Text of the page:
5. Jesus said in John 8:31-32, “If you abide in My word, you are truly my disciples, and you will know the truth, and the truth will set you free”
    1. How does this verse impact you in light of what Paul writes about his own ignorance of his sin and being saved from it?

For more depth on this topic, I encourage you to listen to the sermon on 1 Timothy 1:1-7, which you can find on our audio sermon page at

“If only…”

“If only you had paid attention to My commandments! Then your peace would have been like a river, and your righteousness like the waves of the sea.” -Isaiah 48:18

The context of this passage comes when God is speaking to Israel about their continual disobedience to God and the reasons for their current state of suffering for their sins. Chapter 48 concludes with the promise of restoration and redemption for Israel, not by Israel’s own doing, but by God’s grace and mercy.

These words of God have implications both for life on earth as well as life eternal in heaven.

There will be plenty of instances in our lives where we will say, “If only…” and we can only hope and pray that God will use those moments to teach us about the importance of continually seeking to live obedient lives to the God that saved us from our sins and the punishment of them.

We can complete the “If only…” statement in so many ways:

“If only…

… I had followed God’s plan for sex and marriage.”

… I had followed God’s commands for friendships.”

… I had taken God’s warnings seriously.”

… I had a better grasp of my anger issues.”

… I had taken care of my body as a temple of the Holy Spirit.”

… I had been the kind of parent that God commands me to be in Scripture.”

… I had been more forgiving.”

It’s easy to dwell on the “if only…” statements and allow them to haunt us and continually leave us feeling condemned or doomed, but we must take to heart how Isaiah 48 ends; with redemption! However, it is important to recognize the next statement of the verse, “your peace would have been like a river, and your righteousness as the waves of the sea.”

Rivers in the Old Testament are often used as a metaphor for their steady and constant nature. To have “peace like a river” is likely meant to cause the reader/hearer to imagine the quietness of a steady flowing river, that is free from obstructions and rapids. To have “righteousness like the waves of the sea” is likely to bring to mind the overflowing abundance of the ocean waves (being from California, the ocean waves is one of the things I miss the most!) God promises to fill those with His righteousness who hunger and thirst for it. Jesus said, “I come so that you may have life, and have it to the full.” (John 10:10)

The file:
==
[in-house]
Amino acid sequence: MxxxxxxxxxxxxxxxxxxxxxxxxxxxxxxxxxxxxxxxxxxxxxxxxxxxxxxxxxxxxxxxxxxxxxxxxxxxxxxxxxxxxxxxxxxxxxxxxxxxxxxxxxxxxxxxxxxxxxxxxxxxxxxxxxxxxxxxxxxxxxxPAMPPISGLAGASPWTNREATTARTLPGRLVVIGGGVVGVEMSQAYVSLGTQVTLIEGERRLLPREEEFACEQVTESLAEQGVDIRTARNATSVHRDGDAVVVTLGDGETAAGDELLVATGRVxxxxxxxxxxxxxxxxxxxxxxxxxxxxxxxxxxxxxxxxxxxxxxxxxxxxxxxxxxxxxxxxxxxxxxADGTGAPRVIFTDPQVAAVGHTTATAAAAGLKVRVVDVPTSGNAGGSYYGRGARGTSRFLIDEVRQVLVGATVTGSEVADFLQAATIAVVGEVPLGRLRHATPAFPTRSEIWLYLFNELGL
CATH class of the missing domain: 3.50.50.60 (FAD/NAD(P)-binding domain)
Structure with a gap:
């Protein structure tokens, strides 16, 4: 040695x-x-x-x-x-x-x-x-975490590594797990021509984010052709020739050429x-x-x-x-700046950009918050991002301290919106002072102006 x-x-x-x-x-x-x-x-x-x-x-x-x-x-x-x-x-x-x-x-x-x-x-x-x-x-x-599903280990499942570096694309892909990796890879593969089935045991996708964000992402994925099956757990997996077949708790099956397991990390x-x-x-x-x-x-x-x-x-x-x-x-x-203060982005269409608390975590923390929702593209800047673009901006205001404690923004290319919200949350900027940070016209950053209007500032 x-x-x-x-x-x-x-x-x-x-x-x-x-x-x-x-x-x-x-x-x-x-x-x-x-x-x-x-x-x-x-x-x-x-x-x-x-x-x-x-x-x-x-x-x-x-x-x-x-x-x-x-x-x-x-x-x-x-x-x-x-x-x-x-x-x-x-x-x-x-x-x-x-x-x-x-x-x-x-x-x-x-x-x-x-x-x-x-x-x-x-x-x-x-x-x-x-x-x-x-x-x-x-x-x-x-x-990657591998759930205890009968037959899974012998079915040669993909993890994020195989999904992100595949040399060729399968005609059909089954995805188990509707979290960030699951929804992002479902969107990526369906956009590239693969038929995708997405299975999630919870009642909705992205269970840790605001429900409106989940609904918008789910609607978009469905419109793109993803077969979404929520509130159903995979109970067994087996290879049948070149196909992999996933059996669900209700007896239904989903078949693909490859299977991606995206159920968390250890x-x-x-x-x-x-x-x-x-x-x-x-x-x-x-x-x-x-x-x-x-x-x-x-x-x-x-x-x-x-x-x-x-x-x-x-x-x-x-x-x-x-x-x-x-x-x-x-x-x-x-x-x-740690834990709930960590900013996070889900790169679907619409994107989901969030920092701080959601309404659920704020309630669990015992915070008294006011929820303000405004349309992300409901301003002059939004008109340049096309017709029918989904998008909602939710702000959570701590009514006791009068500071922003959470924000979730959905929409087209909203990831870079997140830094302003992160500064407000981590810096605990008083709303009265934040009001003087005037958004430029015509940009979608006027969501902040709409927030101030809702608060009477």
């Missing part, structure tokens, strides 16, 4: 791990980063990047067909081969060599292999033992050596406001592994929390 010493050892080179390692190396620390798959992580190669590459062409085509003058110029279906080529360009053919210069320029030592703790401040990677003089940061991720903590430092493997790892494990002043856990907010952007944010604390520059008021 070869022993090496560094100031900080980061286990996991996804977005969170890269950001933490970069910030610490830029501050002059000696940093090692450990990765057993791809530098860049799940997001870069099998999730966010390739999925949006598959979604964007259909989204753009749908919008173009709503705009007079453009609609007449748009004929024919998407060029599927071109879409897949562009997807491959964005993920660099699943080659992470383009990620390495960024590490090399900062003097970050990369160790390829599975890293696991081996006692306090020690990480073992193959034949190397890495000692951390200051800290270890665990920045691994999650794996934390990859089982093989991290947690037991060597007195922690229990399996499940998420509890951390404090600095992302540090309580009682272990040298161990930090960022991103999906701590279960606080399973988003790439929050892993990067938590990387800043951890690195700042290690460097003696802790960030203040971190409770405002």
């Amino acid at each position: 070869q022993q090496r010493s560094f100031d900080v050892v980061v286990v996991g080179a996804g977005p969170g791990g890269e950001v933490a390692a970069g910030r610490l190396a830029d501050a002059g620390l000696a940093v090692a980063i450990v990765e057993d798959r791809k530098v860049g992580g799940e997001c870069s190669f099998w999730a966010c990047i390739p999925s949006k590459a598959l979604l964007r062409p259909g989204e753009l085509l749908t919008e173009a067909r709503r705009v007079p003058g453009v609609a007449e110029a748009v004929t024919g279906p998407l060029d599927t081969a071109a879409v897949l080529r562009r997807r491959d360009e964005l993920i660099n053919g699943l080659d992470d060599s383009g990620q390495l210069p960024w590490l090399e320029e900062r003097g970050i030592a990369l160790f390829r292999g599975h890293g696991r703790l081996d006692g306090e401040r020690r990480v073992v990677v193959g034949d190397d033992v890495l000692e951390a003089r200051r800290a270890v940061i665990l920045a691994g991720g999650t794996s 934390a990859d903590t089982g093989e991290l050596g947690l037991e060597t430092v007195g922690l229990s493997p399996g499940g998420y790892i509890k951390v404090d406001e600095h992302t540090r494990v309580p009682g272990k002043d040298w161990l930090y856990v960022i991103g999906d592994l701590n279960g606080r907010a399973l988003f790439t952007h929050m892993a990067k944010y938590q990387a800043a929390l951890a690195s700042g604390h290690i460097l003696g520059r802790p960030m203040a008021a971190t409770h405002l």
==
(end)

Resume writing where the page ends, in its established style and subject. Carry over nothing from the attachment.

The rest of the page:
When look back on our “if only…” moments in life, we can often easily see how if only we had remained obedient to God’s instructions, it would have resulted in peace, not discord. Even though we are saved from the punishment of our sins through Jesus Christ’s atoning sacrifice on the cross, we cannot deny that we still suffer the consequences of our sins, in one way or another, here on earth. When we fall into sin, we are sure to rob ourselves of the peace of God that He promises to those who obey Him. We are left to suffer through and learn from the consequences of those actions, and it should humble us to the point to where we run back into obedience to God.

We also rob ourselves of the righteousness of God when we sin against Him. As Christians, we are to live as Christ would live (hence, Christ-ians). God’s people are called to be holy as He is holy. In this sense, we are robbing ourselves of the righteousness of God in the sense that we are not properly representing His holy name when we sin against Him.

Fortunately, the good news about our “if only…” moments in life, is that there is always redemption for those who put their trust in Jesus. The redemption may not be evident as immediate as other moments, but it is a promise of God that He will cause all things to work for the good of those who love Him.

It should be evident that God offers us peace and His righteousness to us in this life on earth, but the bigger picture of it all should be our focus on the promise of redemption from all the ways we failed to pay attention to God’s commands. I might complete the “if only…” statement with, “If only…but God.”

If only we had kept God’s commands perfectly, but God knew that we would fail and He chose to save us from our sins. Do you see the beauty of Isaiah 48? God makes it clear to them all the reasons why they should mourn over their disobedience to Him, and as their hearts are changed to mourn for their sins, God responds to their humility by restoring and redeeming them back into His blessing.

As Christians, we have no fear of falling out of God’s eternal blessing, because Jesus’ death and resurrection was for sins for all time (Hebrews 10:12). God promises to cause us to be more and more obedient to Him until the day we die and go to Him. It is when we are with Him in heaven when we can say for eternity, “I have peace like a river and righteousness like the waves of the sea” and there will be no “If only…” statements anymore!

My encouragement to Christians is try ask themselves when they are faced with temptation, “will this be one of those ‘if only…’ moments?” God promises a way out of all temptation (1 Corinthians 10:13) if we rely upon Him to strengthen us.

My encouragement to everyone else (those who do not currently have the forgiveness of their sins through faith in Jesus), put your faith in Him today! For those who suffer God’s wrath for eternity in hell will not be crying out, “If only…!”, rather they will be weeping in their sorrows and gnashing their teeth in anger at the God who is punishing them. There is no repentance in hell, but only a further and eternal hardening of one’s heart against God. Put your trust in Jesus and follow Him before your “if only…” moments run out.